The Internet of Things (IoT) is coming to cities, spreading sensors and networks across streets and parks and throughout buildings. Cities throughout and around the world are implementing systems designed to control traffic, monitor water waste, improve safety, and provide a host of other civic benefits.
In practice, this means cities are setting up extensive new networks and connecting many devices to them—and in doing so, are creating a target-rich environment for hackers.
”The attack surface is growing faster than the protections,” says Cesar Cerrudo, chief technology officer (CTO) of security consultancy IOActive Labs. “In technology, it seems that the problems repeat over and over again. The problems with the IoT nowadays are the same problems we used to have with software 15 years ago.”
Incidents like the attack on San Francisco’s public transit system last November underscore the seriousness of the potential threat. “Probably this year and in following years, we’ll start to see more and more attacks on city services and infrastructure,” Cerrudo says.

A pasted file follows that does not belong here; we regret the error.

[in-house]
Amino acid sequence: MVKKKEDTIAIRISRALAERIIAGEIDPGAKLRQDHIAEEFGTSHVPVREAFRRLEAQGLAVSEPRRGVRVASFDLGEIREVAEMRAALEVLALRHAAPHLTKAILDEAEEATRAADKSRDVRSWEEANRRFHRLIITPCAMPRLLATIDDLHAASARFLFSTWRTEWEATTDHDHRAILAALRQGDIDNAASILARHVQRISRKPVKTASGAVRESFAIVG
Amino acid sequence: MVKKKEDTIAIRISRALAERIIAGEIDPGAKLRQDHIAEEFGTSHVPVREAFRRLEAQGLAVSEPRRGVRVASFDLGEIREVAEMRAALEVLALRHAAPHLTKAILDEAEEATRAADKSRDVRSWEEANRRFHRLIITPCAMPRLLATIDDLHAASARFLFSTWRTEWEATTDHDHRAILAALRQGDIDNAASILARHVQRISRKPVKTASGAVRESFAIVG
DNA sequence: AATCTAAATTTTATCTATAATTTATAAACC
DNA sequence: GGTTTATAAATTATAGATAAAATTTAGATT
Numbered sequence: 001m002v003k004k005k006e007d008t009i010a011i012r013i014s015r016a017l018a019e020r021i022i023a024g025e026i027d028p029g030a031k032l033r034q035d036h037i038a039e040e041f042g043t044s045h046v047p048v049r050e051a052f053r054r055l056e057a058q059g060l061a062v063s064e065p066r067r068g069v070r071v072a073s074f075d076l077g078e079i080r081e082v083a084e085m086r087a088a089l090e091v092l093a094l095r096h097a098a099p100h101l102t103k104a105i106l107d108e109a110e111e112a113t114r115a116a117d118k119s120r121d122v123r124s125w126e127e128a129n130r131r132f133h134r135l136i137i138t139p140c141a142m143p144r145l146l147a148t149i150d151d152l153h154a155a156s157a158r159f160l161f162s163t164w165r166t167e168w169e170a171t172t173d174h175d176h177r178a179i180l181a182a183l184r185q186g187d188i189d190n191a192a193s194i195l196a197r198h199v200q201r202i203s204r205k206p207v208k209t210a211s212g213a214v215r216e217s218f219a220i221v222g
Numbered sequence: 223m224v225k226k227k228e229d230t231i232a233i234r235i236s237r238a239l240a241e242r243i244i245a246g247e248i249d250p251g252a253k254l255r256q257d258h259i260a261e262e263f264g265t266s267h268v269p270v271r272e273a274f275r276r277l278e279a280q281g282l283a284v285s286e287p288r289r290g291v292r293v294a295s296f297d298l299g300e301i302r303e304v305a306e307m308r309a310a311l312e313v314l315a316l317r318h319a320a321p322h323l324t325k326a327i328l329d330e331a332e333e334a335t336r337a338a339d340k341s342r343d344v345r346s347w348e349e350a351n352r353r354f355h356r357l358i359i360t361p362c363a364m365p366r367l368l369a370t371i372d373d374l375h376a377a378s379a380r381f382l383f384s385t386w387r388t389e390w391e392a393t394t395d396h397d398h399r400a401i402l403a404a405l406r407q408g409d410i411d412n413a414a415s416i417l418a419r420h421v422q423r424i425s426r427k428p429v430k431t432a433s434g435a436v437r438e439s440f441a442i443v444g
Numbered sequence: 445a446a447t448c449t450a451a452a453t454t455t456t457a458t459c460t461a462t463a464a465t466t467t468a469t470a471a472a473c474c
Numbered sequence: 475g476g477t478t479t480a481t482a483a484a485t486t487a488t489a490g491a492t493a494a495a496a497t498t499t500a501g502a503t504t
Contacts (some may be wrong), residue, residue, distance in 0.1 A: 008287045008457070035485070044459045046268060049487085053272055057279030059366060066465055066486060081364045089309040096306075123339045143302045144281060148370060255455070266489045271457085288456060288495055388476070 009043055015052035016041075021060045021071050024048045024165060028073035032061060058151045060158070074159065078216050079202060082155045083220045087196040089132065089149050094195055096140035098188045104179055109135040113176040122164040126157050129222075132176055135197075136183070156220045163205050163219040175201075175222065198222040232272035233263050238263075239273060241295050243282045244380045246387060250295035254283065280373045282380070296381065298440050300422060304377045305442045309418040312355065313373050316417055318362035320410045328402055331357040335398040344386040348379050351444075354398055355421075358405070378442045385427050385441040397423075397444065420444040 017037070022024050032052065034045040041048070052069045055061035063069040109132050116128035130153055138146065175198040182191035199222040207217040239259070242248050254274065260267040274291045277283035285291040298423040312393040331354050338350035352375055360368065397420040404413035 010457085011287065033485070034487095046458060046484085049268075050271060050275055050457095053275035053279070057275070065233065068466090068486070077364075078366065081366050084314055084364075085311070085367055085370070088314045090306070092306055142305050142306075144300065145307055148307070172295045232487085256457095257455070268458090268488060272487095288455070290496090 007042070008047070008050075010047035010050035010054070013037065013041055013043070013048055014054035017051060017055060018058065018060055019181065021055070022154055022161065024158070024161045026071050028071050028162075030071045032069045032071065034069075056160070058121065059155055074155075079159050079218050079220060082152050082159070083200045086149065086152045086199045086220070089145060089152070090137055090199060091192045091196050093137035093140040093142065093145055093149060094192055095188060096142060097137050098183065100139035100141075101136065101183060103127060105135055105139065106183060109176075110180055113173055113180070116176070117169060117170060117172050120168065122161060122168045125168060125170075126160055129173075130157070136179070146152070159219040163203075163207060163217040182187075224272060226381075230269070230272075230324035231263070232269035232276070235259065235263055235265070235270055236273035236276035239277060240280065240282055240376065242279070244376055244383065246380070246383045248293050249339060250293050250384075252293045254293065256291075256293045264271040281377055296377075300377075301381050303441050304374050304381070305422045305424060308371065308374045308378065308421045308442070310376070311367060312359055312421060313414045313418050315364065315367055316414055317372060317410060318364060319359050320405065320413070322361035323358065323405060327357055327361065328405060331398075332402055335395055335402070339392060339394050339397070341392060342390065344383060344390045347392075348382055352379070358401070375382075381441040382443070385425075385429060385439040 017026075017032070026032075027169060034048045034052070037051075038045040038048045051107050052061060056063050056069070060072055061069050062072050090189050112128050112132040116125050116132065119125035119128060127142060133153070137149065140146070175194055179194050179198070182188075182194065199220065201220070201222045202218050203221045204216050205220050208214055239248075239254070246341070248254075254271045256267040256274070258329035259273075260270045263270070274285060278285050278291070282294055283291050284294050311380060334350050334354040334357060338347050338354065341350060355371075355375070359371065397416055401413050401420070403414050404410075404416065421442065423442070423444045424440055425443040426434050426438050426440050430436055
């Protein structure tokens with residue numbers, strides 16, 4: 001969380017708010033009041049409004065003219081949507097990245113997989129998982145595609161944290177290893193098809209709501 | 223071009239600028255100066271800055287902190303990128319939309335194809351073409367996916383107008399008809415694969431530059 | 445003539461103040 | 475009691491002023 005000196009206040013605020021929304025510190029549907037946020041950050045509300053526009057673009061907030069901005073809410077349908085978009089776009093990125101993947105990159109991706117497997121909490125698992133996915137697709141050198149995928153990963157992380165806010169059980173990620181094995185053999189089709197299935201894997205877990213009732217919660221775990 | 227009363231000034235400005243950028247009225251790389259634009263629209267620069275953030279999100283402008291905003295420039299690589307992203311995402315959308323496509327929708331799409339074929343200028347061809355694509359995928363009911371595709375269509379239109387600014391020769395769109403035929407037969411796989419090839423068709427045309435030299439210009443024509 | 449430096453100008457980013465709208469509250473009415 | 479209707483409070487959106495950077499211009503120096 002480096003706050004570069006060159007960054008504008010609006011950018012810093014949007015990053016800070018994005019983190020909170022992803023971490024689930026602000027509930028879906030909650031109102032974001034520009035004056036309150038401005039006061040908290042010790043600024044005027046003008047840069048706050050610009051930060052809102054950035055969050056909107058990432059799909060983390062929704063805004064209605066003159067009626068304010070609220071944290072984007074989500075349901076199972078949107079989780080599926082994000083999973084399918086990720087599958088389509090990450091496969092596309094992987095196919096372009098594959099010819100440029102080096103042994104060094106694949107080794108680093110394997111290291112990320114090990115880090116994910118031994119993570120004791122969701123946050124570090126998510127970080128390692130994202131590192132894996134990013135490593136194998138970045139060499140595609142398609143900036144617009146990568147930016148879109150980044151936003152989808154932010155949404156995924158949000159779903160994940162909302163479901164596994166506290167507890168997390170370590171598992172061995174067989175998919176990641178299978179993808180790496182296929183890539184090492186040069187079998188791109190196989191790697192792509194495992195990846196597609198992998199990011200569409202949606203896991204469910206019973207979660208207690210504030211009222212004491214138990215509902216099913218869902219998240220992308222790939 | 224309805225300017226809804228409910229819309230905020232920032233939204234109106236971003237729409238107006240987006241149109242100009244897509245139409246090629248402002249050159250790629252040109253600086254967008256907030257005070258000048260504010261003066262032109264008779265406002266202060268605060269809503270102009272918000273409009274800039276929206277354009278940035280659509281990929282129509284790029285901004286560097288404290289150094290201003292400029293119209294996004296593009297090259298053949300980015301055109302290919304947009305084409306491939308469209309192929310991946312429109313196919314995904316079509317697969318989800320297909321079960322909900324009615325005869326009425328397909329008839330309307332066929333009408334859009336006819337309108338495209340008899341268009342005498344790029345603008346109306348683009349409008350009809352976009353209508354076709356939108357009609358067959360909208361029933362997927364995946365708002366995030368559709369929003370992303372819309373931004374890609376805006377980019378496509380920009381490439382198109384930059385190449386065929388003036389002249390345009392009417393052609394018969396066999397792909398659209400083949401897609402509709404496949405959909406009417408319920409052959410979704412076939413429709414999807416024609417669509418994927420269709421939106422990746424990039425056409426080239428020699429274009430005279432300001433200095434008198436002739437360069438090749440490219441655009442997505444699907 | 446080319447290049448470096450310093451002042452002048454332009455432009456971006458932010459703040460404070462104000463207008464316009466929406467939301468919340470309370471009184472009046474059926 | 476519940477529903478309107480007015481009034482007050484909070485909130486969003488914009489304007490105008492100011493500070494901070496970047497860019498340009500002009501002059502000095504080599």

Unfortunately, says Cerrudo, city governments have been slow to recognize the seriousness of the issue. Several years ago, he recruited friends and other companies in the security field to form the Securing Smart Cities (SSC) initiative, with an eye towards helping cities prepare for an insecure future. The organization’s mission: “We are here to help the world build smart cities with cybersecurity in mind.”
Cerrudo says SSC has “had contact with some city officials, but it’s governments, so it’s bureaucratic and it’s very difficult to engage people to start working together.”
That is changing, however. One of the SSC’s recommendations is that cities establish “smart city departments” to oversee security planning and evaluation. Several cities have taken steps in that direction; in San Francisco, for example, Joe Voje was named the City Chief Information Technology Officer in November 2015. “I’m the first citywide CISO (chief information security officer),” he says. “Before, there was just a department-level position.”
Voje’s first order of business has been figuring out where the city’s systems already stand. “We need to understand the environment, as it’s grown organically over many years,” he says.